# Thread: Boolean prob

1. ## Boolean prob

Hi, I'm quite new to cpp programming, and I made this small script using Dev-C++.

Code:
```#include <iostream>

using namespace std;

int main()

{
int x;

cout<<"Enter 1 or 0: ";
cin>>x;
cin.ignore();
if ( x = ( 1 || 0 ) ) {
cout<<"Hello World";
}
else if ( x = ( 1 && 0 ) ) {
cout<<"World Hello";
}
cin.get();
}```
Problem here is, if I enter 0, it should be printing World Hello instead of Hello World, which doesn't happens. Ofcourse I could easily solve this by adding a NOT operator, but I want to know about the AND and OR operators in specific. Could someone help me out?

2. You're first if statement is checking to see if the value of x is EITHER a 1 or 0. If it is EITHER of those values, then it prints Hello World.

In a literal sense, your second if statement is saying if the value of x is BOTH 1 and 0, then it prints World Hello.

You would want something like this:
Code:
```if(x = 1)
cout << "Hello World";
else
cout << "World Hello";```

3. Originally Posted by xmltorrent
You're first if statement is checking to see if the value of x is EITHER a 1 or 0. If it is EITHER of those values, then it prints Hello World.

In a literal sense, your second if statement is saying if the value of x is BOTH 1 and 0, then it prints World Hello.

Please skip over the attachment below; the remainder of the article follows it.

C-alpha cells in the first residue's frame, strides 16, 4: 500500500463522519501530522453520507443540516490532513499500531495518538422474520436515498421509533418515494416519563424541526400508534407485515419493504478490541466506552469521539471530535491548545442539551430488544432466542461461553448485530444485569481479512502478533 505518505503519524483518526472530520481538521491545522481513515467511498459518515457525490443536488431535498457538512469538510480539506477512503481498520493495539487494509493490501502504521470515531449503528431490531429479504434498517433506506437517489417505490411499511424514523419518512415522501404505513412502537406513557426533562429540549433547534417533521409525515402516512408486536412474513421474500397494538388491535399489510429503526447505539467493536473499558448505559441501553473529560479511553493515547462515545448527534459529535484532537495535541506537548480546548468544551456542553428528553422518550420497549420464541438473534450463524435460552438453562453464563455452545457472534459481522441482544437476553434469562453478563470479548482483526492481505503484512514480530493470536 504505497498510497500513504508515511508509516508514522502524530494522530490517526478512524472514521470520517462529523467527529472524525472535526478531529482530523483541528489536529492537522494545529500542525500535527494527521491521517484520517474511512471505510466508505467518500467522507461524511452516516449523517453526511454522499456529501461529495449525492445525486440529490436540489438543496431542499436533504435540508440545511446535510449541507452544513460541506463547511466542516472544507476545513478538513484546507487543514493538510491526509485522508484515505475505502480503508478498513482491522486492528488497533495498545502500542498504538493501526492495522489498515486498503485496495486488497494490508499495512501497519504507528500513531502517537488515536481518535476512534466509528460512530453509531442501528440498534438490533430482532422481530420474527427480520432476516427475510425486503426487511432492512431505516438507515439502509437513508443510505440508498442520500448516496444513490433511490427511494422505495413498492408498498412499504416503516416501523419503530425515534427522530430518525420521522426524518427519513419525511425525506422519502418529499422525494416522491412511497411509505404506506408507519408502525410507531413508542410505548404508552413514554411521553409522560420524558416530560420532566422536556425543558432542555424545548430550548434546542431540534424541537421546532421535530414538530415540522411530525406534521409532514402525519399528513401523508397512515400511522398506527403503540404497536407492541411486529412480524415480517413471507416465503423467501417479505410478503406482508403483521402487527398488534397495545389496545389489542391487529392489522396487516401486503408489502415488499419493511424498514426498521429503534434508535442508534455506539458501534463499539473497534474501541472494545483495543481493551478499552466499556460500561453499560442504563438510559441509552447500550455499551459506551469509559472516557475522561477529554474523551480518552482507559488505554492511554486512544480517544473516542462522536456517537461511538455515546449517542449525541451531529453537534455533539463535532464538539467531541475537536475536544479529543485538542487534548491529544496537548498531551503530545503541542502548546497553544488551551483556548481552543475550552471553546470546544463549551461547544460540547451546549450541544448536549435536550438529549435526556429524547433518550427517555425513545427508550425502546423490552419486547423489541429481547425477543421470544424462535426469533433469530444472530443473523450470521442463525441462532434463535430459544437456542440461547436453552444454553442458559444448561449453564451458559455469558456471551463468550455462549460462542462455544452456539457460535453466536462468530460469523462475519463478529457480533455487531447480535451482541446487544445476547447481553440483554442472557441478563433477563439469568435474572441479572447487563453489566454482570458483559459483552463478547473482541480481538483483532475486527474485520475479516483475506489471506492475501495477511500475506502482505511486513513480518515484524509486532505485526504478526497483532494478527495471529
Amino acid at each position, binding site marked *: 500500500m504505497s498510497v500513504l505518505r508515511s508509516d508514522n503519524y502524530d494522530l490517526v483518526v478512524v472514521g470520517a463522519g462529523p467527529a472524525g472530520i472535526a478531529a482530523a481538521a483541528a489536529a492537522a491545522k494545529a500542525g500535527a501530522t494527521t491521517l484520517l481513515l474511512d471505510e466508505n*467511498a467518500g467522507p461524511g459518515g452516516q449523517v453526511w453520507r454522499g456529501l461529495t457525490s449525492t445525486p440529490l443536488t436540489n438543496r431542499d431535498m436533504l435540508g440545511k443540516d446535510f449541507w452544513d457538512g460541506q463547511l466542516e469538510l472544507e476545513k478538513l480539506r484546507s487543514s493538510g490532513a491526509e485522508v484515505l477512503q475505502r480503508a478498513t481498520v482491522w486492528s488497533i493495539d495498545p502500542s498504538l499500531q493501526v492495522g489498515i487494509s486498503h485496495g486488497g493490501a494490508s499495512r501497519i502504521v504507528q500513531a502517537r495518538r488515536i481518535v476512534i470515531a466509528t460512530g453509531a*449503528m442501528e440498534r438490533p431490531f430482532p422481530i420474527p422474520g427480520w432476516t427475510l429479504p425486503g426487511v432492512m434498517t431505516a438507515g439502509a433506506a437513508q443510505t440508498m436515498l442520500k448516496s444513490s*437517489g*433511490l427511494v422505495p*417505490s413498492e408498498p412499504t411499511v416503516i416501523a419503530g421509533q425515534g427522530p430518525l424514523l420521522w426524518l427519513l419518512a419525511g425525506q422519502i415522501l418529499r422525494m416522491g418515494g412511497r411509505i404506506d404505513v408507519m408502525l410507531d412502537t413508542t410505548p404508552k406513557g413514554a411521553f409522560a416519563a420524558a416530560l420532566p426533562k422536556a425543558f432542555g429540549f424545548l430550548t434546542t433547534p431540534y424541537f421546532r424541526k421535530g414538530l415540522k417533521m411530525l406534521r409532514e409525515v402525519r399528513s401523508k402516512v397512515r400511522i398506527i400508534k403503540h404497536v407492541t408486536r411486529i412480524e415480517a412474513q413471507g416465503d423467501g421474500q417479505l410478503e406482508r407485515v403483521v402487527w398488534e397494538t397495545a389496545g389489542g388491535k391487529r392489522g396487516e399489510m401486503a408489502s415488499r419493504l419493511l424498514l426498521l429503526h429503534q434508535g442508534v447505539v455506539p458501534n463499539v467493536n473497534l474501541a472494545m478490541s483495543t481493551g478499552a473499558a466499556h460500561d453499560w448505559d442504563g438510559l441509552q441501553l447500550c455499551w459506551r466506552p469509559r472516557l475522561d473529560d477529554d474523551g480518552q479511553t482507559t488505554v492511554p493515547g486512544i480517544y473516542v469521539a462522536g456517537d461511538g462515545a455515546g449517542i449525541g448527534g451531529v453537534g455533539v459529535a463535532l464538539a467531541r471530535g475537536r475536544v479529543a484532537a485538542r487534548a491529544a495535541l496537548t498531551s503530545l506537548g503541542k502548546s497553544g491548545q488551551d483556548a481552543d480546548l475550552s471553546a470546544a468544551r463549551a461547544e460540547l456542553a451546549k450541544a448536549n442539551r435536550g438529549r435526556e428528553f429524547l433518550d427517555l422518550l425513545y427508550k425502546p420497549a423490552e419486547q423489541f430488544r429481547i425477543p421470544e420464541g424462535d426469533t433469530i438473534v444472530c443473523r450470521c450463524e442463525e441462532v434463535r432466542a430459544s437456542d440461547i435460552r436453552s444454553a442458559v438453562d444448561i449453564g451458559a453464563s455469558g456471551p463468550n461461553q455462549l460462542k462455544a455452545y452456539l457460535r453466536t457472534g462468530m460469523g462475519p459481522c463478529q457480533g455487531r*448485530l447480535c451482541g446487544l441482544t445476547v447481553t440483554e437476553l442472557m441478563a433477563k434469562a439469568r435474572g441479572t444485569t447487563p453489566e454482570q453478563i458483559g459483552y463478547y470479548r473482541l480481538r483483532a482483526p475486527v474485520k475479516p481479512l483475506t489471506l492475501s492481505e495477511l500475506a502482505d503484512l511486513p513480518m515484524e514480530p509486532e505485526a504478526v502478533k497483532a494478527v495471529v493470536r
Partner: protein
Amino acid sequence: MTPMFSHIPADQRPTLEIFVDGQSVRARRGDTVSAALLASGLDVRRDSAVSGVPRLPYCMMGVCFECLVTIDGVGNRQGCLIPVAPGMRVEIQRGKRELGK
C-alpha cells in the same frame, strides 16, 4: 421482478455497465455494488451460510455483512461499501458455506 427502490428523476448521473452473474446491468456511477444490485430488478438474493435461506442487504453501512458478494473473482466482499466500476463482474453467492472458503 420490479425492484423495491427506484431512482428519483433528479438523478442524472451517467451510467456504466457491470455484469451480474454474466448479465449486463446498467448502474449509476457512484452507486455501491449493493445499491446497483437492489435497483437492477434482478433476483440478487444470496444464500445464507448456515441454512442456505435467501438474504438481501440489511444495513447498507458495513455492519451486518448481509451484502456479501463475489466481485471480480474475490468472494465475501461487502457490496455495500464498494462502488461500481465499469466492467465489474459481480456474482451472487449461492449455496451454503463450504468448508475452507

You would want something like this:
Code:
```if(x = 1)
cout << "Hello World";
else
cout << "World Hello";```
Aha! Ofcourse I understand what was in you code, but I was just playing around with the booleans. Thank you.

4. You're first if statement is checking to see if the value of x is EITHER a 1 or 0. If it is EITHER of those values, then it prints Hello World.

In a literal sense, your second if statement is saying if the value of x is BOTH 1 and 0, then it prints World Hello.
Not exactly.

Code:
`if ( x = ( 1 || 0 ) )`
1 || 0 always evaluates to a true, which you then assign to x, automatically making it execute.

Code:
`else if ( x = ( 1 && 0 ) )`
1 && 0 evaluates to a false, which you then again assign to x, and making it not execute.

5. couple of problems:

>> if ( x = ( 1 || 0 ) )

first off, your assigning a value to x, use == for comparison. the above expression would then evaluate to:

if(x == 1)

since (0 || 1) == 1

so the correct expression would be:

if (x == 1 || x == 0)

6. That solved the problem, assigned them to x, instead of checking them, stupid me. Tnx.

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